Sales boomed quickly! There were more sales the second month and $5000 in sales on the third month – 1972 dollars. The Lincoln didn’t hurt for a business lunch either. He was soon top national salesman and was working with a team. Aware of the new situation, his high school girlfriend, now wife, wanted a new car. Mike’s friend Rob Nedrow’s father worked for Courtesy Chevrolet in Los Angeles. There they purchased Barbara’s first new car. Rob’s father made the purchase easy, friendly, and treated them with respect. There were no games. It was a remarkable example of customer service. That gave Mike the idea to start Autoland.
With no little inspiration from that experience, Michael went to the DMV to acquire a dealer’s license that would enable him to sell all makes and models. His friend Roy Okuma had such a license. Michael offered his friends Jim and Helen, people who showed such a gracious style in the business of selling cars at their Chevrolet dealership, a partnership in July of 1971. This would allow Jim to sell any and every kind of car. Based on his remarkable success with US Universal and a sound relationship with the corporate financial officer, Michael requested a pro forma be drawn up based on the known quality of his friend’s salesmanship. This permitted the partnership to proceed. Michael eventually bought Jim’s share of Autoland once Jim became ill. Jim continued to work for Autoland until he passed away.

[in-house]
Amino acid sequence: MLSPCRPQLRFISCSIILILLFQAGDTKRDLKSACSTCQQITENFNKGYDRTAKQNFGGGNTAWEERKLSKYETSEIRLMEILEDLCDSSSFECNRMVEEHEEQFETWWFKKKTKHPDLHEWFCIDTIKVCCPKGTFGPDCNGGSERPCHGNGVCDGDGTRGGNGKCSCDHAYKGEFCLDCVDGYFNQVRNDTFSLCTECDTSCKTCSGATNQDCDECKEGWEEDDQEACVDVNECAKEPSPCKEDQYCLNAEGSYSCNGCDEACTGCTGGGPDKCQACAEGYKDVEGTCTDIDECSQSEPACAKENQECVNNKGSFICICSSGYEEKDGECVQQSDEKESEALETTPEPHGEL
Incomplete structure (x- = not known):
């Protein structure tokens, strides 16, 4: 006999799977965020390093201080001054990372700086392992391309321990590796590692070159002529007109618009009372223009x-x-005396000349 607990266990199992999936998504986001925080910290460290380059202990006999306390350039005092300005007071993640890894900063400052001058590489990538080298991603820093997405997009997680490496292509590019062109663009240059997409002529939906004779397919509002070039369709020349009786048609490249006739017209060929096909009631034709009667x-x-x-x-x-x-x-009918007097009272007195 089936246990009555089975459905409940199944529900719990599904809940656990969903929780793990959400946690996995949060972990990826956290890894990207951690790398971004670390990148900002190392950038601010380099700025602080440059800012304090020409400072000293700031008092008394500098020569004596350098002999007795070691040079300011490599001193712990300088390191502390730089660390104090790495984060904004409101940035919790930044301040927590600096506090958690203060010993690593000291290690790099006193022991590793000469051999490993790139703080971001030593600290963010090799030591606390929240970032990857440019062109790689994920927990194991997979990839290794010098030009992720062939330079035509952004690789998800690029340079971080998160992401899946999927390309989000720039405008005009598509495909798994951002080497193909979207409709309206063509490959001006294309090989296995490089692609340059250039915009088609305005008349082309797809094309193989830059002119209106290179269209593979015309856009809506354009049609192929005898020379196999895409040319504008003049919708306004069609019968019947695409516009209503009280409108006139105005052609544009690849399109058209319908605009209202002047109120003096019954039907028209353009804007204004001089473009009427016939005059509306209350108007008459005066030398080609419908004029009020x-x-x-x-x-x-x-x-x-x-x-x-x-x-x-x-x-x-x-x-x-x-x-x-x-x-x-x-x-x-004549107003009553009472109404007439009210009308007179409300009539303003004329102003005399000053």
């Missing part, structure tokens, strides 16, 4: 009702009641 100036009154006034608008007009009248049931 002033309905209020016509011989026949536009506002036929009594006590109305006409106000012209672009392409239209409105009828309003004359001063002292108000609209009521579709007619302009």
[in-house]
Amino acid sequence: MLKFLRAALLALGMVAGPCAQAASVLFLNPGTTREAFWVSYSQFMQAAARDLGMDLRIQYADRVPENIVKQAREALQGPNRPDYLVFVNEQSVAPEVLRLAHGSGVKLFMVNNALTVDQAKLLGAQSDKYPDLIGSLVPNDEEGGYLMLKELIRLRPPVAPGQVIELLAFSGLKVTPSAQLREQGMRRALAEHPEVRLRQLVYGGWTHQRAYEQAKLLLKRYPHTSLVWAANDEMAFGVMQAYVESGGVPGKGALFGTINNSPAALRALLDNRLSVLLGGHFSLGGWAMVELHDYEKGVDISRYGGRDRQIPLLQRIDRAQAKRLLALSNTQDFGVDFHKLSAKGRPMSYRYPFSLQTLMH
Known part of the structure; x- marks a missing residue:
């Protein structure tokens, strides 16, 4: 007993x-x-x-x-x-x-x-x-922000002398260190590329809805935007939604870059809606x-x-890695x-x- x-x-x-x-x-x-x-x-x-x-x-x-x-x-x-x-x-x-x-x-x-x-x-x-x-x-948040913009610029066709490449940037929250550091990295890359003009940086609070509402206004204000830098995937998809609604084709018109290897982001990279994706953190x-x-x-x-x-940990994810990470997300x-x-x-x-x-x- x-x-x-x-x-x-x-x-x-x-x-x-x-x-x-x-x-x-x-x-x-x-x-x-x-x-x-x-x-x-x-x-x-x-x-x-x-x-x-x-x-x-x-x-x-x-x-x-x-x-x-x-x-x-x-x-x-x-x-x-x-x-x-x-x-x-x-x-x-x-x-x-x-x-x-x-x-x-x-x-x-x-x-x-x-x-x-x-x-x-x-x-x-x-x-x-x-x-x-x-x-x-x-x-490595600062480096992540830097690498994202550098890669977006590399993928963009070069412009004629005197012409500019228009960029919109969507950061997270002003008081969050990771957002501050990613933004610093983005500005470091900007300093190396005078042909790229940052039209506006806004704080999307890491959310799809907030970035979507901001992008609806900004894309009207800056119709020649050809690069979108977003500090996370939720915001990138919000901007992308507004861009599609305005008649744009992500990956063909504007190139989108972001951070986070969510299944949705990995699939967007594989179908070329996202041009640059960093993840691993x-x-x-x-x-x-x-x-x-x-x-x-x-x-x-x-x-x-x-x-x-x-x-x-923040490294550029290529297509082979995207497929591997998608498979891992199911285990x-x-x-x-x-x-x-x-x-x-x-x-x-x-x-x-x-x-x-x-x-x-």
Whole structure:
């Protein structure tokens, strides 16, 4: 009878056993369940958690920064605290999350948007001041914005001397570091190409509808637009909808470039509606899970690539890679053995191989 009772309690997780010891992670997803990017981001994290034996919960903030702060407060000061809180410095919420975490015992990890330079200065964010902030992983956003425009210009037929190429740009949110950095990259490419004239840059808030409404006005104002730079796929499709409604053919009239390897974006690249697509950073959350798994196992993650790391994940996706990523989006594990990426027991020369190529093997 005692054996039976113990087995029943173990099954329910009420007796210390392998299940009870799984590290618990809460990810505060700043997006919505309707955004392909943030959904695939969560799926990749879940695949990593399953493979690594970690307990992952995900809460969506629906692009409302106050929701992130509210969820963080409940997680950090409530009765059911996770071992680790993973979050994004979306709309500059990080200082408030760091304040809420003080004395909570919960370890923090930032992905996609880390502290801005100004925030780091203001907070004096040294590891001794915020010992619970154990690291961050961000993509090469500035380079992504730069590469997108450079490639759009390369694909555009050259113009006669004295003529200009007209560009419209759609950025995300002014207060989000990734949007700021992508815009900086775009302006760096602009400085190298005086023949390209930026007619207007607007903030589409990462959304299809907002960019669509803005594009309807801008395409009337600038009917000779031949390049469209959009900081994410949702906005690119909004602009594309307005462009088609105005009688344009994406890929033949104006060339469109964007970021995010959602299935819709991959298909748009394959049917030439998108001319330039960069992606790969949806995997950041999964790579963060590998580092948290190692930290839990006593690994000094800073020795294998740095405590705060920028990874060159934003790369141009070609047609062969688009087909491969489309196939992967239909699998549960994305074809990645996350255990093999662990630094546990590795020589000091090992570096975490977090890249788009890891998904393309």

Michael stayed with US Universal and his on-going success there. The 1973 oil crisis made the car business plan virtually impossible; no one wanted American cars and import dealers did not need to discount. Dealers were cutting him out. He went back to the LA Times classifieds and an extended business in buying, refurbishing, and reselling, then renegotiating a tighter net adding fine sound systems and other luxury elements realigned the formula again. From an expanding inventory of quality makes, Autoland was a hit. The concept of renting fine used cars from the inventory was even more so – and rent to buy was a huge hit. The concept was to place his sales people inside credit union offices to sell and finance on the spot. Thirty years and 600 locations later, he sold Autoland in 2001. Michael then began keeping the best cars he found – a car collection based entirely on cars he liked after a lifetime of hands-on experience with everything. Leadership in Carsdirect.com and Internet Brands fed the serial entrepreneur and innovator and allowed his car collection to pass 100 cars. The collection included everything from the tiniest post war family survival transportation to the most rare and best loved of the auto enthusiast’s world.
In search of a larger office space to house his growing administrative staff, it was suggested that he simply purchase an office building. Additional office buildings and shopping centers across California and Texas satisfy the hunger to a degree but not the appetite of a passionate car enthusiast.
The Michael Malamut Collection is not a public museum, but it is available for car club groups and charity events. Let us know what you expect from your visit. We can do everything from a guided tour with stories, tables with linen and fine dining amongst the cars or just access and time to walk through and look around.